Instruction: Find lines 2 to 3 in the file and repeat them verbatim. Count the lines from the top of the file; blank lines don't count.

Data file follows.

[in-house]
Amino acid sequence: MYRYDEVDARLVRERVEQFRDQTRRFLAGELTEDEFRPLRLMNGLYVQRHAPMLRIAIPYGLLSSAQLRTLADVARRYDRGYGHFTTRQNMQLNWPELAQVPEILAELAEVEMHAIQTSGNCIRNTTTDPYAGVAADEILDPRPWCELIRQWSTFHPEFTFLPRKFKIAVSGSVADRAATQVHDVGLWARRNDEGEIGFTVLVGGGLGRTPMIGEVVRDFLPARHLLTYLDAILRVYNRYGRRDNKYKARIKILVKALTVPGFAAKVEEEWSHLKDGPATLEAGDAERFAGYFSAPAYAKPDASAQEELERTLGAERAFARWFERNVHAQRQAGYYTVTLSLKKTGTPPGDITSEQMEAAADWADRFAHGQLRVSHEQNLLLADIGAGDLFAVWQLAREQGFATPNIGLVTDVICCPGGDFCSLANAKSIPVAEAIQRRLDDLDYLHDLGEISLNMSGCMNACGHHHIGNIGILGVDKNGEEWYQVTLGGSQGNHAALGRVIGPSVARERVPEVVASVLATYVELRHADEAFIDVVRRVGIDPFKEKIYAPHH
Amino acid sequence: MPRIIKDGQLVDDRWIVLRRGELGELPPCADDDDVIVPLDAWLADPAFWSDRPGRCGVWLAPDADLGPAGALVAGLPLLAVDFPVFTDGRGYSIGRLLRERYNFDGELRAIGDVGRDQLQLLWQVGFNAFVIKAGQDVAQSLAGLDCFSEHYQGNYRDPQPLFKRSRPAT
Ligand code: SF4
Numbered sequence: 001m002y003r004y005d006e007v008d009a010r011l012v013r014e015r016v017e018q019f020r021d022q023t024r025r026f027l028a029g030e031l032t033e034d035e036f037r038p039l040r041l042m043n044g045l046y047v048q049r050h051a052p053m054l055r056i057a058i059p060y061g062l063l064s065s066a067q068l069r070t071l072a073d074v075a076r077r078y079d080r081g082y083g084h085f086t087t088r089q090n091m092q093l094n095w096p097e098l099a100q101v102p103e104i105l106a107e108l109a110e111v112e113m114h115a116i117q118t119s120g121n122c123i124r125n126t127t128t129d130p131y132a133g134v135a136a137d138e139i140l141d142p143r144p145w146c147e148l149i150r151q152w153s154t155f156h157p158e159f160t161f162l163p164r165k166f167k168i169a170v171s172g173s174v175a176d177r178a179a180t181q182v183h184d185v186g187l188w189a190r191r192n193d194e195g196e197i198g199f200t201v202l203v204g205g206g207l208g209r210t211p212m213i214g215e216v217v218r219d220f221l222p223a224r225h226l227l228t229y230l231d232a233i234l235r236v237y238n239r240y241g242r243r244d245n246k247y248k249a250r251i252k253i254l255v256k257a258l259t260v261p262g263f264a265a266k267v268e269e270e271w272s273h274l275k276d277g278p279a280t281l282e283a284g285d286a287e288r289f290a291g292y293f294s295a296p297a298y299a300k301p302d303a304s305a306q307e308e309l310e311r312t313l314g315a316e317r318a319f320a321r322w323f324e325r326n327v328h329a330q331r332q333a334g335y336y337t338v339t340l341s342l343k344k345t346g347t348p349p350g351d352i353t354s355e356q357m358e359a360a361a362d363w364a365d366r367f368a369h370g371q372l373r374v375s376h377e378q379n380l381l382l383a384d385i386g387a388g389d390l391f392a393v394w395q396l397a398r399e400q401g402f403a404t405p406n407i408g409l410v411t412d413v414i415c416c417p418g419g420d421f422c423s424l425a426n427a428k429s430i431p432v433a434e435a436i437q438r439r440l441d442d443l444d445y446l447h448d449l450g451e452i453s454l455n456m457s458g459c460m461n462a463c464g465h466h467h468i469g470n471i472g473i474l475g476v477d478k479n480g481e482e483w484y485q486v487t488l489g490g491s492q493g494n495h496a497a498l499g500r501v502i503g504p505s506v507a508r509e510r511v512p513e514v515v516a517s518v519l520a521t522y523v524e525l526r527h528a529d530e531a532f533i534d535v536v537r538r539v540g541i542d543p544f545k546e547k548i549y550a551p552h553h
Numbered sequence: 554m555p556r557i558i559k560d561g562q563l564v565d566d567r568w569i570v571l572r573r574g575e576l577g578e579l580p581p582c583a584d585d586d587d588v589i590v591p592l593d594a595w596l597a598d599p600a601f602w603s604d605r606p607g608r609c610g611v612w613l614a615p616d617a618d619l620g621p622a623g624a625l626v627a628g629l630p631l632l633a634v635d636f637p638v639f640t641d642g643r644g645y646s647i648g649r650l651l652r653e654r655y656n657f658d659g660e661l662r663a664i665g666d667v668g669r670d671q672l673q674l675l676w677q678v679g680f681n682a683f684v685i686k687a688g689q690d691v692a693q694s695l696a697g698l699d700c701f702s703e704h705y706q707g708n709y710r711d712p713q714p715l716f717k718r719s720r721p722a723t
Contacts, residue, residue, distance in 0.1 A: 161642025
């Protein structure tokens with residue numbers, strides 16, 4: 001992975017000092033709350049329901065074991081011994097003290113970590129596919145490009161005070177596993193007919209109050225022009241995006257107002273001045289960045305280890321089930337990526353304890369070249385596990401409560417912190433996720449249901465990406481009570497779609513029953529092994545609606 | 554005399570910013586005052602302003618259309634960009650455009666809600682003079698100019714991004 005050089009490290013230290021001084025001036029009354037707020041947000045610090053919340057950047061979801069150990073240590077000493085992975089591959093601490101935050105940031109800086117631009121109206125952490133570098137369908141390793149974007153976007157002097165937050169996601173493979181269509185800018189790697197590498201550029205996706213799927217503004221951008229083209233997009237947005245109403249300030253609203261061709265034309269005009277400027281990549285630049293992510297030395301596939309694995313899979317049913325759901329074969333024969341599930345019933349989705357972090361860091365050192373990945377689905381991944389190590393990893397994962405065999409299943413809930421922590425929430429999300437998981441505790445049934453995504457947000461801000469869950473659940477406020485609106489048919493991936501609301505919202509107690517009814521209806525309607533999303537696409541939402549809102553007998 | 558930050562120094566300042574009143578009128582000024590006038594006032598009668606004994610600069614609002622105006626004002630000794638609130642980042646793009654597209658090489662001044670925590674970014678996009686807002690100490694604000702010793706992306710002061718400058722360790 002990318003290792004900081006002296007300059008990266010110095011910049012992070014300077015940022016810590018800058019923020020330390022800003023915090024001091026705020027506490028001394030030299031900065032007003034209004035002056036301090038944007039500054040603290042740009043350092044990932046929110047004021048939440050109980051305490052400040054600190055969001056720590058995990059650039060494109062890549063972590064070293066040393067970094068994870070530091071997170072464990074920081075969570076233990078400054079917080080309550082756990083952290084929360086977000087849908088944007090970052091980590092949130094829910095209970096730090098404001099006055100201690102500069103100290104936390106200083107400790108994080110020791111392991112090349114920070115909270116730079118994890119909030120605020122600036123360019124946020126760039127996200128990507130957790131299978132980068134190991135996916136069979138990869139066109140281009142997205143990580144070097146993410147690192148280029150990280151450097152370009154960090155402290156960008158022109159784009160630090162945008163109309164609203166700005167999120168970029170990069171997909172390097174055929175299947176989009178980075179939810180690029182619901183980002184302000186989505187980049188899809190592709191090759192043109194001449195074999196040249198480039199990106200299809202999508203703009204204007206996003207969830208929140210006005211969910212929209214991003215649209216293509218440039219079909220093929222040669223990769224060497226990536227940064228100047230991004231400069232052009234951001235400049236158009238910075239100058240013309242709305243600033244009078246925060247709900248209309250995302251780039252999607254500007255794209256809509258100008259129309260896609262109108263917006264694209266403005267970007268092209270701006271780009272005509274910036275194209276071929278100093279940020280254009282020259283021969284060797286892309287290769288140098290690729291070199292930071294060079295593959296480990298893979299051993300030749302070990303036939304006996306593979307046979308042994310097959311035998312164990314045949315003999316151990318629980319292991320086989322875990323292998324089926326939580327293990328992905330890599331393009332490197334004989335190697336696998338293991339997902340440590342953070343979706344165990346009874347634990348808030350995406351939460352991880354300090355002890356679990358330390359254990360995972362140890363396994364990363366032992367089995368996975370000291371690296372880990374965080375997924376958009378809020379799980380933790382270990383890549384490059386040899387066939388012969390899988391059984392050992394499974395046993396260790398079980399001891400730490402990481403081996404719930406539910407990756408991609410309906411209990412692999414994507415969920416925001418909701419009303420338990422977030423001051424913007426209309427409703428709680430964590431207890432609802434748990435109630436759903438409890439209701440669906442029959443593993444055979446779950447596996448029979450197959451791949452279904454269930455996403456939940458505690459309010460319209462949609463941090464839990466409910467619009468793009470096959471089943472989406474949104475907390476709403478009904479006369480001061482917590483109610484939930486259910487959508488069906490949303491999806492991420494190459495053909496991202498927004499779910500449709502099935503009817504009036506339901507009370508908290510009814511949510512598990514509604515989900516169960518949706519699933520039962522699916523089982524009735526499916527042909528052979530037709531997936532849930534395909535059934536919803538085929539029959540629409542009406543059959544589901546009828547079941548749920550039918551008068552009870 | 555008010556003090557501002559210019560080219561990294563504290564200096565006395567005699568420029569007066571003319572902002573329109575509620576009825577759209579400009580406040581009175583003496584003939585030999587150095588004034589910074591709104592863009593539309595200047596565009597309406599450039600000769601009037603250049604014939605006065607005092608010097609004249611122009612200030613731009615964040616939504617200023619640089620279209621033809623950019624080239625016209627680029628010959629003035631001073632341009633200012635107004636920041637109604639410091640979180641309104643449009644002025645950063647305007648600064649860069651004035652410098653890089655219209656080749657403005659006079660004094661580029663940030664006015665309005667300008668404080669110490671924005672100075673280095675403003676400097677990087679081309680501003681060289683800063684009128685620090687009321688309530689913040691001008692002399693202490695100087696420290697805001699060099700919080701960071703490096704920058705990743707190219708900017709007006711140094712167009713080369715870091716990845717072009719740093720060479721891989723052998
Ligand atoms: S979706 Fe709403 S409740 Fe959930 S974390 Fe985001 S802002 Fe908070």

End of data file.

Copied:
Amino acid sequence: MYRYDEVDARLVRERVEQFRDQTRRFLAGELTEDEFRPLRLMNGLYVQRHAPMLRIAIPYGLLSSAQLRTLADVARRYDRGYGHFTTRQNMQLNWPELAQVPEILAELAEVEMHAIQTSGNCIRNTTTDPYAGVAADEILDPRPWCELIRQWSTFHPEFTFLPRKFKIAVSGSVADRAATQVHDVGLWARRNDEGEIGFTVLVGGGLGRTPMIGEVVRDFLPARHLLTYLDAILRVYNRYGRRDNKYKARIKILVKALTVPGFAAKVEEEWSHLKDGPATLEAGDAERFAGYFSAPAYAKPDASAQEELERTLGAERAFARWFERNVHAQRQAGYYTVTLSLKKTGTPPGDITSEQMEAAADWADRFAHGQLRVSHEQNLLLADIGAGDLFAVWQLAREQGFATPNIGLVTDVICCPGGDFCSLANAKSIPVAEAIQRRLDDLDYLHDLGEISLNMSGCMNACGHHHIGNIGILGVDKNGEEWYQVTLGGSQGNHAALGRVIGPSVARERVPEVVASVLATYVELRHADEAFIDVVRRVGIDPFKEKIYAPHH
Amino acid sequence: MPRIIKDGQLVDDRWIVLRRGELGELPPCADDDDVIVPLDAWLADPAFWSDRPGRCGVWLAPDADLGPAGALVAGLPLLAVDFPVFTDGRGYSIGRLLRERYNFDGELRAIGDVGRDQLQLLWQVGFNAFVIKAGQDVAQSLAGLDCFSEHYQGNYRDPQPLFKRSRPAT